Write and read outage in AWS: Frankfurt, EU-Central-1, AWS: Oregon, US-West-2-1 and AWS: Virginia, US-East-1
On Feb 24, 2023 at 19.30 UTC, we deployed a software change to multiple production clusters, which caused a significant percentage of writes and queries to fail in our larger clusters. The duration of the outage was different for each cluster as was the level of disruption (percentage of writes and queries that failed during the incident). The table below summarizes the time ranges during which the service was impacted in each cluster (all in UTC time).
|Cluster||Write failure start||Write failure end||Query failure start||Query failure end|
Our software is deployed via a CD pipeline to three staging clusters (one per cloud provider) where a suite of automated tests are run. If those tests pass, then it is deployed into an internal cluster where another round of testing occurs, and finally it is deployed to all of our production clusters in parallel. This is our standard software deployment methodology for our cloud service. On February 24, 2023, an engineer made a change to a health-check to ensure that our query and write pods can reach the vault within the cluster (where credentials are managed). In the past, it was possible for a query or write pod to get stuck, if it lost access to the vault. To address that problem, a health check was added so that if a pod could not reach the vault, the pod would stop/restart automatically. This health check was tested in all three staging clusters, and worked fine. The change was promoted to our internal cluster, which also worked fine. The change was then promoted to our production clusters. In the larger clusters, when the pods were restarted (with the new health check in place) too many pods made health-check calls to the vault in quick succession. These calls overwhelmed the vault, and it was unable to service all the requests. As the health check failed, the pods attempted to recover by restarting, which put an even heavier workload on the vault, from which it was unable to recover.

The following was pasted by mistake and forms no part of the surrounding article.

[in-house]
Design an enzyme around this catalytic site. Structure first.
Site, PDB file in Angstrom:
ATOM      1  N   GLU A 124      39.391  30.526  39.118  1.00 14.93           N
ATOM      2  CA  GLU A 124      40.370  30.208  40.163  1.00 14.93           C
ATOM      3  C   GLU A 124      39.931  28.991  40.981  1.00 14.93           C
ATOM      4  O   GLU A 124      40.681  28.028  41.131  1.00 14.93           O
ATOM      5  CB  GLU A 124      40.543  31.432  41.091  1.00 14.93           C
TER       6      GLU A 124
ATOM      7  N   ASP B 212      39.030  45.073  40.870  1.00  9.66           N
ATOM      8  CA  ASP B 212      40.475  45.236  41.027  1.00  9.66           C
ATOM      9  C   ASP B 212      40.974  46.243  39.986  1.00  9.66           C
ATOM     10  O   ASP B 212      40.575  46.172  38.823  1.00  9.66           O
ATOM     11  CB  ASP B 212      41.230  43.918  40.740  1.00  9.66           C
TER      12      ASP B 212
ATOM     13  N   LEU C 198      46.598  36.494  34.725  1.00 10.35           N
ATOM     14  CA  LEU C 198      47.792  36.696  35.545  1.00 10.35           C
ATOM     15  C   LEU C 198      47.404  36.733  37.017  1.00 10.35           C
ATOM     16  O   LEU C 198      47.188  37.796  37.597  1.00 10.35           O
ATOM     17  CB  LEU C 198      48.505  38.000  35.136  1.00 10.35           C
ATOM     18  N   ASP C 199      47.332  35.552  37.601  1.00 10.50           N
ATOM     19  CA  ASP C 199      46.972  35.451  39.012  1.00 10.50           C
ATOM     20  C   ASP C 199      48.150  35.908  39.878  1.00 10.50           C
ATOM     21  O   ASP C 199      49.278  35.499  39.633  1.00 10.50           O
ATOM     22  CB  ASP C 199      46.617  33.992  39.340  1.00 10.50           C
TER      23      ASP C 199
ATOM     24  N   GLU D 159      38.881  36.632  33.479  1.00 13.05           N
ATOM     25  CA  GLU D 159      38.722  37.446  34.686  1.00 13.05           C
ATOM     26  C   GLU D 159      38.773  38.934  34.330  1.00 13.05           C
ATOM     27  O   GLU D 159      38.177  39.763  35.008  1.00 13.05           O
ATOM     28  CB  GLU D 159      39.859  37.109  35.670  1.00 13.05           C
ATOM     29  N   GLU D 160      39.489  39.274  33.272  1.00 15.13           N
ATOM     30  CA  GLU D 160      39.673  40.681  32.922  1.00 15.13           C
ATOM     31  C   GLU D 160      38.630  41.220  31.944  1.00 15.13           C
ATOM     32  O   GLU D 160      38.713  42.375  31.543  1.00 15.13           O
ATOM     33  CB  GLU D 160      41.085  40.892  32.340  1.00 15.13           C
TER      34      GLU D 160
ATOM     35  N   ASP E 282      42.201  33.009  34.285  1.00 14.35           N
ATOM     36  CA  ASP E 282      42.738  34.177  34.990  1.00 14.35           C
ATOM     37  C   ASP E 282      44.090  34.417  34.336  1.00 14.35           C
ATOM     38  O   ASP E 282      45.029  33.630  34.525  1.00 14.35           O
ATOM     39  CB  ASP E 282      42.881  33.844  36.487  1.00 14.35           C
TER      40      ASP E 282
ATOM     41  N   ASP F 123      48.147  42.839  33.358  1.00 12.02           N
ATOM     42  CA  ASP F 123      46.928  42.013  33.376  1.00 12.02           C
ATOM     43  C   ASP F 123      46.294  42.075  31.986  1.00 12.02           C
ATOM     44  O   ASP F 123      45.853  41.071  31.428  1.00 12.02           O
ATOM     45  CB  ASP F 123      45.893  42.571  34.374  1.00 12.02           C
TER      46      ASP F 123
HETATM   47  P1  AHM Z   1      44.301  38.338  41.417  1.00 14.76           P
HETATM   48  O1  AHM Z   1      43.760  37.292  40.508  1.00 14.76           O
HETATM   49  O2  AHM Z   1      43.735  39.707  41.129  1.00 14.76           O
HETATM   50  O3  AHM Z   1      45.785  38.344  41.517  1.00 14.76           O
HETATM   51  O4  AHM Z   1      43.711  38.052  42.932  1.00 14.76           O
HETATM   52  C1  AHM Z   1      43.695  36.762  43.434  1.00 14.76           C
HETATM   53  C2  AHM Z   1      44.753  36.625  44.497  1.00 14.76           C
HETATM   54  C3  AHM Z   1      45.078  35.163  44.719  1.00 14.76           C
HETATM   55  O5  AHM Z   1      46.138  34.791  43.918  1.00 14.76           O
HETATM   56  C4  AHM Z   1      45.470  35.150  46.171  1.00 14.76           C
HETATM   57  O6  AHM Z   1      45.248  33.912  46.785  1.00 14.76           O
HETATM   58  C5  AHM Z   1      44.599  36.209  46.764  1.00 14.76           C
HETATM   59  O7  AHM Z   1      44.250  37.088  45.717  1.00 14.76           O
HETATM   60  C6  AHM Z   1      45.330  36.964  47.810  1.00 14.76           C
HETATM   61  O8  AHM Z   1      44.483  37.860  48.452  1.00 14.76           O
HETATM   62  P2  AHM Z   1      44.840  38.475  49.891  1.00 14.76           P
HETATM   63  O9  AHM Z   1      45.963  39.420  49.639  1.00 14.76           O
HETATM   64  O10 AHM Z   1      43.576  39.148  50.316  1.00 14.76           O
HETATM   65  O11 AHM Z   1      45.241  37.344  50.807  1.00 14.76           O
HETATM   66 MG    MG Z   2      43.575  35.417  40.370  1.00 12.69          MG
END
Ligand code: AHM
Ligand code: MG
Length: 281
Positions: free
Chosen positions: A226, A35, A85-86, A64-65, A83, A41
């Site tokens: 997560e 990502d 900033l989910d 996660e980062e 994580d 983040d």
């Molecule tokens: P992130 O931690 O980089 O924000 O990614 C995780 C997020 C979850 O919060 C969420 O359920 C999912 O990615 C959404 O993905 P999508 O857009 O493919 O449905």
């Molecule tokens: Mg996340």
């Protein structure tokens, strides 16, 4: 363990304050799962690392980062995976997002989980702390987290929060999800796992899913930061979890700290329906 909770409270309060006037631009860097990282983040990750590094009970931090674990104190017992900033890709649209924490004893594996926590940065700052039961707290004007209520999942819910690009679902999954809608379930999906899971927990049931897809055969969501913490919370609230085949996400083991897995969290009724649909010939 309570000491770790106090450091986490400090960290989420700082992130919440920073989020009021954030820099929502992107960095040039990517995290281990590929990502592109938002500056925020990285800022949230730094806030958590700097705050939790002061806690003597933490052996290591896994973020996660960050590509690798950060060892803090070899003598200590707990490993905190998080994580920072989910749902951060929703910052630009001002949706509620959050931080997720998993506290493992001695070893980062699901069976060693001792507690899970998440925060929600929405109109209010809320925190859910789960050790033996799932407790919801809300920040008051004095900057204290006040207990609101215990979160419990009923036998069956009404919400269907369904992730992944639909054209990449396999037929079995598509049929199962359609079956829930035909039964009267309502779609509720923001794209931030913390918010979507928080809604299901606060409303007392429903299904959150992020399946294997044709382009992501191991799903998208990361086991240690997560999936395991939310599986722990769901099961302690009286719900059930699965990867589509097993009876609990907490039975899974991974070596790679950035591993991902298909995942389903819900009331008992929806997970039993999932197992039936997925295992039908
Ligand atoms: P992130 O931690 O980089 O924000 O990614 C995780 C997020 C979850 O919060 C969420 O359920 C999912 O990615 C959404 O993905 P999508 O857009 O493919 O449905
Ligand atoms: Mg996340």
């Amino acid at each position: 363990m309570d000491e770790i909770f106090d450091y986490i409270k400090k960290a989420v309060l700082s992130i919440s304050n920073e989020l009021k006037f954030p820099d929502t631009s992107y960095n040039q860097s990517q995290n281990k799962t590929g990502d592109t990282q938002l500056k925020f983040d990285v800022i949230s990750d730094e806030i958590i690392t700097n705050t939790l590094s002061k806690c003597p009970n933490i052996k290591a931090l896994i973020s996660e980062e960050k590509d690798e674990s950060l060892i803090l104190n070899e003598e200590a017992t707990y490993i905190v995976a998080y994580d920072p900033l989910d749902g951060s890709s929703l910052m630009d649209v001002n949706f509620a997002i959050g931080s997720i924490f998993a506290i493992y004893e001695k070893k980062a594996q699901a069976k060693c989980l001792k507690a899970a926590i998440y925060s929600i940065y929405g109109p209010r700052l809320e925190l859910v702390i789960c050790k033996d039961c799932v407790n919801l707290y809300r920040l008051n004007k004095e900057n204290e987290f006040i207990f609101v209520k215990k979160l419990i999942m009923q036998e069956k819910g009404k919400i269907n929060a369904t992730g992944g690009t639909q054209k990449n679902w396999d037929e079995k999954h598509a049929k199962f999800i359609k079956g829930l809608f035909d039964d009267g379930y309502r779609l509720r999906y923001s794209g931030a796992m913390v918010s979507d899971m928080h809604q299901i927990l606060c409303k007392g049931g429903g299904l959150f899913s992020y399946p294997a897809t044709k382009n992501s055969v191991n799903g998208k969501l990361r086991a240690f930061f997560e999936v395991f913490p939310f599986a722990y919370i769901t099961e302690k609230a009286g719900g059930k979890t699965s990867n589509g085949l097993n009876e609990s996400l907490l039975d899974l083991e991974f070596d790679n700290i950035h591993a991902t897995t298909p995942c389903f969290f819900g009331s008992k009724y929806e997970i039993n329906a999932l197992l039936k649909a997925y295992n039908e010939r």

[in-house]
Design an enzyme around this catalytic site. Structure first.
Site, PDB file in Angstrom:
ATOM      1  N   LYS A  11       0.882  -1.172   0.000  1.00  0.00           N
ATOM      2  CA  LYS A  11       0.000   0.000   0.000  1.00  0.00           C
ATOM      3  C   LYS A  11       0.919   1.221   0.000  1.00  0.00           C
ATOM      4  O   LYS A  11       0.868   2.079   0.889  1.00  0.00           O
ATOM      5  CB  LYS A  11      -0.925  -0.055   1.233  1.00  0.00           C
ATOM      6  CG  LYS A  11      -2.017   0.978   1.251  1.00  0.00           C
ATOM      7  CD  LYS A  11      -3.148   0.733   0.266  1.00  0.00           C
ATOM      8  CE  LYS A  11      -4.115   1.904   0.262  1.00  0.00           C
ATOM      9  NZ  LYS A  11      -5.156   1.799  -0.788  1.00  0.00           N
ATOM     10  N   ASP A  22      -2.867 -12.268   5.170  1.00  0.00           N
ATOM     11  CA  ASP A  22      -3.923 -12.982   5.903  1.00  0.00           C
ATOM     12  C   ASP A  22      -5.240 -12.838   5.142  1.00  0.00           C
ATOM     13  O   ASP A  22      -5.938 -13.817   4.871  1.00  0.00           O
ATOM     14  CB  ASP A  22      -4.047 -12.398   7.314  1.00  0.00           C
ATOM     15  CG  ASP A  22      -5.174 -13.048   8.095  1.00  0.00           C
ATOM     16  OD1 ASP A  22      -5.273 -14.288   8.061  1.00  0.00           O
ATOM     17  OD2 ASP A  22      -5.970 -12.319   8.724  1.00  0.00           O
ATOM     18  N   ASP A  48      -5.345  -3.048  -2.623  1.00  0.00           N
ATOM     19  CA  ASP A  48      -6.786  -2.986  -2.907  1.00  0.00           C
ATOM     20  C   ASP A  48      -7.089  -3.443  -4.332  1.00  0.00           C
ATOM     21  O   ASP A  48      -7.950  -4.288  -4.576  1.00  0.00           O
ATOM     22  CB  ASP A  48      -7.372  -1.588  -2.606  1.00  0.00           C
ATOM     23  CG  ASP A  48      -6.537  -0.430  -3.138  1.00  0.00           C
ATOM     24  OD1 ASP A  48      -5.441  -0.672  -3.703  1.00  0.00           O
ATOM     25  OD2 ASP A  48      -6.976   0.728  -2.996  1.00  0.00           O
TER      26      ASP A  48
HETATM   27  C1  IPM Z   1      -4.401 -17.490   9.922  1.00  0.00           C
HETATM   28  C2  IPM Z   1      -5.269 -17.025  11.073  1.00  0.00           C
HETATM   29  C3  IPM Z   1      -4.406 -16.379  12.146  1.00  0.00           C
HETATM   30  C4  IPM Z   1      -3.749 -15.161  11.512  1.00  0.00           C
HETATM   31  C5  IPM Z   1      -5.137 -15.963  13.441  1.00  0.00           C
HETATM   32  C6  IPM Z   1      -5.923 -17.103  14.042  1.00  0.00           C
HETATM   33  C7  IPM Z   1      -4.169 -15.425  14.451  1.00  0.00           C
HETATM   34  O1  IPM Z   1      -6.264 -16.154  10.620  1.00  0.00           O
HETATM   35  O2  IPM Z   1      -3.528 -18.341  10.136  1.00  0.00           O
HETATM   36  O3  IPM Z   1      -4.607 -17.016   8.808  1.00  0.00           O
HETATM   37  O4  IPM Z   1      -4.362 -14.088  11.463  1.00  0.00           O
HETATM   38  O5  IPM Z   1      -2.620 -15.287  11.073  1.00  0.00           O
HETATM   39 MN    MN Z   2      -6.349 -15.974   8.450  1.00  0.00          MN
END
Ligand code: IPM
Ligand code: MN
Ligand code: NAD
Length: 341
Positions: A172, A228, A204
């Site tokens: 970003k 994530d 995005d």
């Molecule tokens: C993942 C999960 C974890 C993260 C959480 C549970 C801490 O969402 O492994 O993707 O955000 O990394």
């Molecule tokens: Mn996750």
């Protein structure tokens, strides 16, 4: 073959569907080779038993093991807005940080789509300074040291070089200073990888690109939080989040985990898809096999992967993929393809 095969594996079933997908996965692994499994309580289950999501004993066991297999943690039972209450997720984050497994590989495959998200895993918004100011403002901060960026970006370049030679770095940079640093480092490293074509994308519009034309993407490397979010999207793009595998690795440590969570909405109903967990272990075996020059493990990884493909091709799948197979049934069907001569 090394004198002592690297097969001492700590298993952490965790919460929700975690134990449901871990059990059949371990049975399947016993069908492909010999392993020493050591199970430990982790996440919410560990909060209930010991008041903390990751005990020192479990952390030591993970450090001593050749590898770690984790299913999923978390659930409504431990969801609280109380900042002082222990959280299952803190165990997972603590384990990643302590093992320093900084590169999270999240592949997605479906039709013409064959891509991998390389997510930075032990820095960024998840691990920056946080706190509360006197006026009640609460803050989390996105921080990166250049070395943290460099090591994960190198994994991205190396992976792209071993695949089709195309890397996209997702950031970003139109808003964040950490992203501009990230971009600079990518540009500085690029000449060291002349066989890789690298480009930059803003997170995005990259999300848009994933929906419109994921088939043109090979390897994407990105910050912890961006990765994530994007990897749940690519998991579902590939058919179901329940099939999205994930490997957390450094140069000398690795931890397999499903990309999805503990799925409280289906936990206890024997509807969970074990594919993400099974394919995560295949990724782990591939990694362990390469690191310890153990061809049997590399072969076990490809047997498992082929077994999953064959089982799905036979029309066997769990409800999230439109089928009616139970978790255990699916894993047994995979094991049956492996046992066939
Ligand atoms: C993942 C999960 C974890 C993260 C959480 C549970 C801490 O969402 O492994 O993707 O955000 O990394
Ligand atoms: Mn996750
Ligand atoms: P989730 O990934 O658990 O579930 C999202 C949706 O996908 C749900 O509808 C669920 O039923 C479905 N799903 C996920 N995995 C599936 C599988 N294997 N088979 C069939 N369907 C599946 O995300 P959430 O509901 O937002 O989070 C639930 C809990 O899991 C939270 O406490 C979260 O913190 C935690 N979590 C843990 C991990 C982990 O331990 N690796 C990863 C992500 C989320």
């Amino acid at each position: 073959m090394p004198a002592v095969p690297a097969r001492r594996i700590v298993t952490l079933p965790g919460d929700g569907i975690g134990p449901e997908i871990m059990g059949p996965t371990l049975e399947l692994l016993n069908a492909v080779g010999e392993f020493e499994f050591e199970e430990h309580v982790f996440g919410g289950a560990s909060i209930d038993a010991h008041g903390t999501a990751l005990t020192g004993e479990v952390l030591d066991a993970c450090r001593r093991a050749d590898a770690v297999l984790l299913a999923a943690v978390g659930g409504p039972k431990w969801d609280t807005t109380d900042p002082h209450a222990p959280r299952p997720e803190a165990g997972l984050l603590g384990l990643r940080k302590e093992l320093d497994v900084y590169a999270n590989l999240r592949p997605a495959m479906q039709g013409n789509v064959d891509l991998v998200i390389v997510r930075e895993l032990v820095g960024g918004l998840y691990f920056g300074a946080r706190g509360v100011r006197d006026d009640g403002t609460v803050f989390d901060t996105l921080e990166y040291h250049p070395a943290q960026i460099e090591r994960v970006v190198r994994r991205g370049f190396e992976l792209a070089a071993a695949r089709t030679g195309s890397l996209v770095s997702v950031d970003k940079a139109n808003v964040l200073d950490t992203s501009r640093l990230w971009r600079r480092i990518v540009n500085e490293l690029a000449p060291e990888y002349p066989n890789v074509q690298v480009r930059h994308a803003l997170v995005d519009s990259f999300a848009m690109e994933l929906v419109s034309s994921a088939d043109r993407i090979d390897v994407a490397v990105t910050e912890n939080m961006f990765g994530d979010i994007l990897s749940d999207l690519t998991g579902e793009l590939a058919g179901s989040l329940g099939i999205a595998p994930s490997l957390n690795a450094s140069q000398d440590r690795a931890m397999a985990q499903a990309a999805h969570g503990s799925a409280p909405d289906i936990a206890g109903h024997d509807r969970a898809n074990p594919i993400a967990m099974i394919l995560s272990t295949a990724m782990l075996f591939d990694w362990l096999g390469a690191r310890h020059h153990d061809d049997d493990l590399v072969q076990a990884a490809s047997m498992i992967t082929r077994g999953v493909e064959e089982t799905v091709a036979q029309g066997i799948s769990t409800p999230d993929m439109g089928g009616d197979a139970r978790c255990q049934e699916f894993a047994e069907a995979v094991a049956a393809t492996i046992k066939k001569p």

As soon as we detected the problem, and identified the offending software change, we rolled back to an earlier version of our production software, and redeployed that in all the production clusters. In our smaller clusters, this happened quickly, without any significant customer impact. In our three largest clusters (the clusters listed above), as the vault was deadlocked, we were unable to deploy the new software without manually restarting the vault instances, and then gradually restarting the services that depend on the vault. This is what caused it to take longer to recover in these clusters.